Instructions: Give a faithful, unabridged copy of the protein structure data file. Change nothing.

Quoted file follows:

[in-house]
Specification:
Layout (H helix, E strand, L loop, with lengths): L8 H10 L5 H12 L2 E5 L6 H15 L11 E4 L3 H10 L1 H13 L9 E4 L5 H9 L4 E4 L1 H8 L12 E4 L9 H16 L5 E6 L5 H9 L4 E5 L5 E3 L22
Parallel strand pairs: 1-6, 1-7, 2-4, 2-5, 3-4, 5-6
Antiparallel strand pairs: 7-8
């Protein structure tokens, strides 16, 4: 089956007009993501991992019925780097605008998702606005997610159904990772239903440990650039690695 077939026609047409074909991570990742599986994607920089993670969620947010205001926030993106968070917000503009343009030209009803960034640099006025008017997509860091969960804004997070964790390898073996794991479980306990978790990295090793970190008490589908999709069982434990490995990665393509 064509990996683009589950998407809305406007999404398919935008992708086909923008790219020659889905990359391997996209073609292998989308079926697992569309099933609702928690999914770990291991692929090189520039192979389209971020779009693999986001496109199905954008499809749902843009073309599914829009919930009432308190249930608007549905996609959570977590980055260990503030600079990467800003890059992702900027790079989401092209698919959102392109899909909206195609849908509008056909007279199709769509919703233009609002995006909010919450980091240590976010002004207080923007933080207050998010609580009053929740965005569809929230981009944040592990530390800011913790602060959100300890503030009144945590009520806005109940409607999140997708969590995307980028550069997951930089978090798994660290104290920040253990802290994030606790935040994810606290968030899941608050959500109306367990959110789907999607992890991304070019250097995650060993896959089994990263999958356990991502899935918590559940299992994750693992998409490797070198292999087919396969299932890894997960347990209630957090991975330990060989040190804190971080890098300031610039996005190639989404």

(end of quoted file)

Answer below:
[in-house]
Specification:
Layout (H helix, E strand, L loop, with lengths): L8 H10 L5 H12 L2 E5 L6 H15 L11 E4 L3 H10 L1 H13 L9 E4 L5 H9 L4 E4 L1 H8 L12 E4 L9 H16 L5 E6 L5 H9 L4 E5 L5 E3 L22
Parallel strand pairs: 1-6, 1-7, 2-4, 2-5, 3-4, 5-6
Antiparallel strand pairs: 7-8
């Protein structure tokens, strides 16, 4: 089956007009993501991992019925780097605008998702606005997610159904990772239903440990650039690695 077939026609047409074909991570990742599986994607920089993670969620947010205001926030993106968070917000503009343009030209009803960034640099006025008017997509860091969960804004997070964790390898073996794991479980306990978790990295090793970190008490589908999709069982434990490995990665393509 064509990996683009589950998407809305406007999404398919935008992708086909923008790219020659889905990359391997996209073609292998989308079926697992569309099933609702928690999914770990291991692929090189520039192979389209971020779009693999986001496109199905954008499809749902843009073309599914829009919930009432308190249930608007549905996609959570977590980055260990503030600079990467800003890059992702900027790079989401092209698919959102392109899909909206195609849908509008056909007279199709769509919703233009609002995006909010919450980091240590976010002004207080923007933080207050998010609580009053929740965005569809929230981009944040592990530390800011913790602060959100300890503030009144945590009520806005109940409607999140997708969590995307980028550069997951930089978090798994660290104290920040253990802290994030606790935040994810606290968030899941608050959500109306367990959110789907999607992890991304070019250097995650060993896959089994990263999958356990991502899935918590559940299992994750693992998409490797070198292999087919396969299932890894997960347990209630957090991975330990060989040190804190971080890098300031610039996005190639989404």